The point is that by the turn of the nineteenth century few physicists thought of "empty space" as really empty, but rather as filled with an active ethereal medium. H. A. Lorentz and other physicists in the early twentieth century often spoke of the ether as equivalent to a vacuum, but it was a vacuum that was far from nothingness. Although Lorentz was careful to separate ether and matter, his ether was "the seat of an electromagnetic field with its energy and its vibrations, . [and] endowed with a certain degree of substantiality." On the other hand, the popular belief in a dynamically active ether was rarely considered in astronomical or cosmological contexts.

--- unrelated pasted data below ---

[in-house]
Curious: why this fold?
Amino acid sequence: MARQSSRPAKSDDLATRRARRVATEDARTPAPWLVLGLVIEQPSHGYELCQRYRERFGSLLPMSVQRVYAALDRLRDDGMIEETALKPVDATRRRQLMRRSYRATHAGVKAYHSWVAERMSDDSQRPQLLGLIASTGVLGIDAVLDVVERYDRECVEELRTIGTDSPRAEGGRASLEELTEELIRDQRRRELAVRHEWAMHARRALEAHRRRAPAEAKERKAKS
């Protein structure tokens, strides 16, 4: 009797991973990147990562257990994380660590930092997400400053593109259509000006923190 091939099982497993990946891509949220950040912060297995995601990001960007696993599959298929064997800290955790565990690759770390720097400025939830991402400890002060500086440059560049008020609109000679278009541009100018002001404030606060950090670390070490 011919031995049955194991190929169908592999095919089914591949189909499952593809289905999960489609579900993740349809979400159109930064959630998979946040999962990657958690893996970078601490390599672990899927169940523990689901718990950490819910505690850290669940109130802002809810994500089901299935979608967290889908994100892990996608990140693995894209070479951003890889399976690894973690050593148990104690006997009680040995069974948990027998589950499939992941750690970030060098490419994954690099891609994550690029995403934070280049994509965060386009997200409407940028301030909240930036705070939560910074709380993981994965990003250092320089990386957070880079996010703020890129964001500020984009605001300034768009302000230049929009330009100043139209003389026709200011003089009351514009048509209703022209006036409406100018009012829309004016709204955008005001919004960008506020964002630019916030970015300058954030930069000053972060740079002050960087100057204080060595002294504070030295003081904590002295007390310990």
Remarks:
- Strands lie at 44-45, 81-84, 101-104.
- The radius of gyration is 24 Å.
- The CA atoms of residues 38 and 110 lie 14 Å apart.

Einstein was at the center of this work, but he missed the boat:
Already in the fall of 1913 Einstein withdrew his support of the zero-point energy and the results reported in his paper with Stern. During the second Solvay conference in late October 1913 the question of the zero-point energy was discussed by Einstein, Wien, Nernst, and Lorentz. Einstein commented: "I no longer consider the arguments for the existence of zero-point energy that I and Mr. Stern put forward to be correct. Further pursuit of the arguments that we used in the derivation of Planck's radiation law showed that this road, based on the hypothesis of zero-point energy, leads to contradictions." In a letter to Ehrenfest a few days later he declared the zero-point energy "dead as a doornail" (Mausetot). However, the announcement of death was premature. ...